At Mailbox 141 is “Your Homepage” by Nada Poljski, a fine little exhibition. Poliski’s small delicate cut paper prints combine text and images. Each work folds into a little book cover. It is a series about meeting people online: the pokes, the fantasy, the reality and the homepage. It is odd to combine the virtual world with paper prints. The exhibition is perfect content to fill each of the glass-fronted mailboxes (that sounds like a metaphor for email). Poljski has an additional vitrine of slightly larger work above the mailboxes to add a bit more space to this very small artist-run exhibition space.

 

At Arc there is an exhibition by Maria Frenanda Cardoso, Cardoso’s arrangement of a standard material, in this case emu feathers, into poles and “flags” is formalist. There is no other content. The various arrangements of emu feathers is programmatic almost an index of variations. I find it interesting that the term ‘formalism’ is considered acceptable in mathematics and contemporary art but in ethics and aesthetics it denotes an invalid position. If you enjoy emu feather arrangement this exhibition is a must-see.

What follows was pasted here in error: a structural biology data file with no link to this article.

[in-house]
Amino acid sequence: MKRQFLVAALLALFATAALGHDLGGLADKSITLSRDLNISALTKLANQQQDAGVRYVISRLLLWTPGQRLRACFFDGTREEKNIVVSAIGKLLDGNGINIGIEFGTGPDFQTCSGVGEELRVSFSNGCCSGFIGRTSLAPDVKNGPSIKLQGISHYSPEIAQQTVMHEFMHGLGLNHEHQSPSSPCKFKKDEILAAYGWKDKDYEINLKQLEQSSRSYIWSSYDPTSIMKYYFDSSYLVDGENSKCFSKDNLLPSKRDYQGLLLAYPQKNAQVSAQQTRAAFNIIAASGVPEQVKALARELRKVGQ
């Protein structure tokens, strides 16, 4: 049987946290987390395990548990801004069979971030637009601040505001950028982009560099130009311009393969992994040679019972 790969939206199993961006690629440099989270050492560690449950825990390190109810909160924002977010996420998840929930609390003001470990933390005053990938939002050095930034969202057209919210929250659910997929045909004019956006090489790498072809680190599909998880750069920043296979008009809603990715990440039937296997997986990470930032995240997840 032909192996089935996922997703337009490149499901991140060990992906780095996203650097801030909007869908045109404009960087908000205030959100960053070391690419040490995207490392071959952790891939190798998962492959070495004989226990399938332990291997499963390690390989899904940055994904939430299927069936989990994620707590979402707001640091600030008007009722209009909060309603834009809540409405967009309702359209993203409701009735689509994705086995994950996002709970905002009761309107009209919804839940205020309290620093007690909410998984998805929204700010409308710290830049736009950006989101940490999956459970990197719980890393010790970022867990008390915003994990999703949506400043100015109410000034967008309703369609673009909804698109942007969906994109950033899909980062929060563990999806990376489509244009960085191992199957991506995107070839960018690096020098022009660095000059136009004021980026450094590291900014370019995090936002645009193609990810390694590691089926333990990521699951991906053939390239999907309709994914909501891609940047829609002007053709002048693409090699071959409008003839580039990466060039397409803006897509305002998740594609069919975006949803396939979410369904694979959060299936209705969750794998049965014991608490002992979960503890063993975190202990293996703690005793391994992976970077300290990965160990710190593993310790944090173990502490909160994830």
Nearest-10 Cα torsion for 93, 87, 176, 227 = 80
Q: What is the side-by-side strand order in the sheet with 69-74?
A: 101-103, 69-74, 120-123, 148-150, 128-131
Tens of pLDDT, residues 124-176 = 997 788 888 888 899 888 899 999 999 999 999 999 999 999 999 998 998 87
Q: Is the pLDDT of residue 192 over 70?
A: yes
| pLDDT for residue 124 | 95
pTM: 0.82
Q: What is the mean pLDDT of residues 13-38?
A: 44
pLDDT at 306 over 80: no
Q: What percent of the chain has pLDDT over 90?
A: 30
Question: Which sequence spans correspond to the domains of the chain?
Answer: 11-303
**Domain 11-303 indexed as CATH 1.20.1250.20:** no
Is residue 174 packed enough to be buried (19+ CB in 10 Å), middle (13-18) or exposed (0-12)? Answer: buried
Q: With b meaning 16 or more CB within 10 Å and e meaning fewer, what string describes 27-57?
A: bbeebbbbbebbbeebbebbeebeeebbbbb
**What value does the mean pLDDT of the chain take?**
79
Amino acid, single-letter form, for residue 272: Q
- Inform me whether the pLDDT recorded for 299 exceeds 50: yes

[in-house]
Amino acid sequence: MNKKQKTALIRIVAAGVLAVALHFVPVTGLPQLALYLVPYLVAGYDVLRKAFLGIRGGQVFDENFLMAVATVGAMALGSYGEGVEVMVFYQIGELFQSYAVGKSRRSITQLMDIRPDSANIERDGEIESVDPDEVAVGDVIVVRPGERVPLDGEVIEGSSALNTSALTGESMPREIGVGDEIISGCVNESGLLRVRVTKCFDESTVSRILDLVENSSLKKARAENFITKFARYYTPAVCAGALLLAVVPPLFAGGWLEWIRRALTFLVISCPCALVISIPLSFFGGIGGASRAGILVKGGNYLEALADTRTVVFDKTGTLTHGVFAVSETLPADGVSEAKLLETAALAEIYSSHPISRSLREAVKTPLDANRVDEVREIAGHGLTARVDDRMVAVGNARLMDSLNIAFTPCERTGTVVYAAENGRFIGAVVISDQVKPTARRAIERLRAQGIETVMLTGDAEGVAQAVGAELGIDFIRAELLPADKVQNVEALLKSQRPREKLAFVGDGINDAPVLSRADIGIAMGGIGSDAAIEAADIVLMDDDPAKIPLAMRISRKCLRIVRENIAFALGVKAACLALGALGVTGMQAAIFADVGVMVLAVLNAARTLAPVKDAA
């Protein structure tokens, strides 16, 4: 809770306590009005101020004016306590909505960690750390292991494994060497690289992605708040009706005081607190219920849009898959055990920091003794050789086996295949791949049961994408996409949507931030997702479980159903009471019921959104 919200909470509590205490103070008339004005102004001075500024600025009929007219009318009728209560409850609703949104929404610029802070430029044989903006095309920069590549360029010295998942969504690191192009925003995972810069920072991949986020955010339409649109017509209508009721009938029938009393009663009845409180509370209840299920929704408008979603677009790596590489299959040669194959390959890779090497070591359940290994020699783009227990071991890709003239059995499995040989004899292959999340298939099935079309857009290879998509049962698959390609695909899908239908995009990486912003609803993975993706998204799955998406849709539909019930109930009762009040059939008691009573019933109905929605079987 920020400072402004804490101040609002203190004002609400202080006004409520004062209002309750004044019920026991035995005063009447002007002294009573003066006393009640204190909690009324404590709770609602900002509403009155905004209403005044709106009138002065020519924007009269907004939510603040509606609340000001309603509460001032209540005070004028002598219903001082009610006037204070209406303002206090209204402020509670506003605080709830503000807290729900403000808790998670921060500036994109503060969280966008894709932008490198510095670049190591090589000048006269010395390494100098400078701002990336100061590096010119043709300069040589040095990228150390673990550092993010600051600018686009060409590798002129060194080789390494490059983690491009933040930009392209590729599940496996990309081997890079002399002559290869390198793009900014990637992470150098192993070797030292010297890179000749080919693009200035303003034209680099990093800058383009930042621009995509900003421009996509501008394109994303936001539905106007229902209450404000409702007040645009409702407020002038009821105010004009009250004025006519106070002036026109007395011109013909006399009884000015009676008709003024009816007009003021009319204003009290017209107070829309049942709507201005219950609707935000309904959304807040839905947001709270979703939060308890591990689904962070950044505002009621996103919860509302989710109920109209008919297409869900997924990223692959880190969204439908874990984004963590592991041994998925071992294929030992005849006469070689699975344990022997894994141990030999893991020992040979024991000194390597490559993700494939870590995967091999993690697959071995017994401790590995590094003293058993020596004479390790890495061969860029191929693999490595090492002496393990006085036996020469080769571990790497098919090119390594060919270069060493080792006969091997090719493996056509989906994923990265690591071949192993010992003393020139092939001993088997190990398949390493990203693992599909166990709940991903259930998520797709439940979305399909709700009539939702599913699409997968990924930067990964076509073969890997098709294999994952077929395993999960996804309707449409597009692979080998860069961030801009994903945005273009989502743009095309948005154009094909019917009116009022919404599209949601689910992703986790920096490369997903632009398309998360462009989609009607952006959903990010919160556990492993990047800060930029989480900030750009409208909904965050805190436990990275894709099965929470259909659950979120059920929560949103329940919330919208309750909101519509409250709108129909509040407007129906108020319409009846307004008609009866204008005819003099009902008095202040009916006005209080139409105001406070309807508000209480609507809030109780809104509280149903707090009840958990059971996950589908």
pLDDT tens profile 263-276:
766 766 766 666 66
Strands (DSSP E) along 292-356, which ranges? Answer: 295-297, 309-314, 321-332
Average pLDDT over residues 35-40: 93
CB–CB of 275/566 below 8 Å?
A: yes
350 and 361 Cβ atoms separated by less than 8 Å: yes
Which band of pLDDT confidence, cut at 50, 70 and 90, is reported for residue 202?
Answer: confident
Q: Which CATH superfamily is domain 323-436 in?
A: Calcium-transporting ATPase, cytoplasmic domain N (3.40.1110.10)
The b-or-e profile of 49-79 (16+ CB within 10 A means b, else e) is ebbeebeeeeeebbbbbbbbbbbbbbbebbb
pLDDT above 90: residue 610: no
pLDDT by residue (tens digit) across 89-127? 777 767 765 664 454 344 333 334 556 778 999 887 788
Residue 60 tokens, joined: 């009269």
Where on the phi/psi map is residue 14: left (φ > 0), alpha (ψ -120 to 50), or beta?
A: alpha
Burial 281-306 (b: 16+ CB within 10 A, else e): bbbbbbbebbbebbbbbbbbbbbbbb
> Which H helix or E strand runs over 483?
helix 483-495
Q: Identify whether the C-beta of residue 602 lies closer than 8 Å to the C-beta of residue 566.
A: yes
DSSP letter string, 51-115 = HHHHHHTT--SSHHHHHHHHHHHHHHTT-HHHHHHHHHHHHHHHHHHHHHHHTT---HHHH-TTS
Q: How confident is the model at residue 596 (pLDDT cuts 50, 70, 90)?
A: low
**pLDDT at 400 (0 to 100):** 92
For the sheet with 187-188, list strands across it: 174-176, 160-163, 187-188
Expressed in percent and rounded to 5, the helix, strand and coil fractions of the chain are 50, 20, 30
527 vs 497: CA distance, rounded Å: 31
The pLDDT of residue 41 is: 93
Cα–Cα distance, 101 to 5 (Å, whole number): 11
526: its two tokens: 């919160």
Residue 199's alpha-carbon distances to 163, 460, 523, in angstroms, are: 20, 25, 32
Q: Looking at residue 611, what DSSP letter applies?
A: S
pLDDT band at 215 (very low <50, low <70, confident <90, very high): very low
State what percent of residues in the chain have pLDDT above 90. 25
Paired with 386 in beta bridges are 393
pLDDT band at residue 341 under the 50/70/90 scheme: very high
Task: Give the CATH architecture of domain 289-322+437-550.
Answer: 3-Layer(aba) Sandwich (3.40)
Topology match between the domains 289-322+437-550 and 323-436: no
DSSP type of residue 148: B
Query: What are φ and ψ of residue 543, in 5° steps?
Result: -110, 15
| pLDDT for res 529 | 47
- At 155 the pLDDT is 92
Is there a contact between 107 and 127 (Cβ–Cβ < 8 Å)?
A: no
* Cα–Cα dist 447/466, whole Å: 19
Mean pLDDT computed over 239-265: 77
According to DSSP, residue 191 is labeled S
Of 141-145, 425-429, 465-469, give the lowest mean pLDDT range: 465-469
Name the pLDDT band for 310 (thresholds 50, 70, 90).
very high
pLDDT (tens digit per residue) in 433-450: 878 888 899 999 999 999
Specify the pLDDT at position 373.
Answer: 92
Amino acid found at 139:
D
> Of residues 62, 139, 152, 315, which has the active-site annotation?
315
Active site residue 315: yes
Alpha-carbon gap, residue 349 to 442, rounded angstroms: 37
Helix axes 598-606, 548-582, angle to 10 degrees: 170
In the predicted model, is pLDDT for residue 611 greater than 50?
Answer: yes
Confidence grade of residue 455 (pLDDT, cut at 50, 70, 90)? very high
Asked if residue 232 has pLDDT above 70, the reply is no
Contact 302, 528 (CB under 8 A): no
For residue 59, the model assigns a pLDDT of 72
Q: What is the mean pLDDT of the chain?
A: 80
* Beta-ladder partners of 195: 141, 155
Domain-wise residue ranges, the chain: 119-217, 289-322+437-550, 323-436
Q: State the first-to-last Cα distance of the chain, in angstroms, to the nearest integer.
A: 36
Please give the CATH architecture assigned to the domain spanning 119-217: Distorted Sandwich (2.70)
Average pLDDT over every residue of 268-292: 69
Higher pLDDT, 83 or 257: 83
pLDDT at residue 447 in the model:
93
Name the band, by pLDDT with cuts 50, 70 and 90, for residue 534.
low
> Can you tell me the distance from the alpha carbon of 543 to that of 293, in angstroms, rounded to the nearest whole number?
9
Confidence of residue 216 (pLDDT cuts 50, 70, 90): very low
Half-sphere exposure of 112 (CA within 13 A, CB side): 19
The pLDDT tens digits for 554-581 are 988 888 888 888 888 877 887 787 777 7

“Palimpsest: Persephone and the Underworld” by Robbie Harmsworth at 45 Downstairs explores an ancient Greek mythic theme. In a beautiful series of large prints with hand colouring and marbling Harmsworth tells part of the story of Hades and Persephone. It is only part of the story because the archaic story is incomplete; there is the palimpsest, the part erased by Zeus and the part erased by Hecate. For neither Zeus nor Hecate told Ceres, the mother Persephone that she was in the underworld.

The design of the prints successfully unites several styles from ancient to contemporary and clearly tells the mythic story. The bare trees in Ceres searching for her daughter are particularly evocative and effective.

Along with the prints Harmsworth is exhibiting oil paintings and other objects. His paintings with their outlines of details, rough backgrounds and the great mythic theme reminded me of the half finished paintings in the Paris studio, now a museum, of Gustave Moreau.

Not all of the work in Harmsworth’s exhibition is successful; the hanging figures of blackware ceramics and the samples of dried jacaranda flowers on muslin in vitrines appear like empty after thoughts. The pomegranate that Persephone ate is considered to symbolic of eternal life because they do not decay. Remarkably Harmsworth has managed to get a bowl of pomegranates at the exhibition to rot.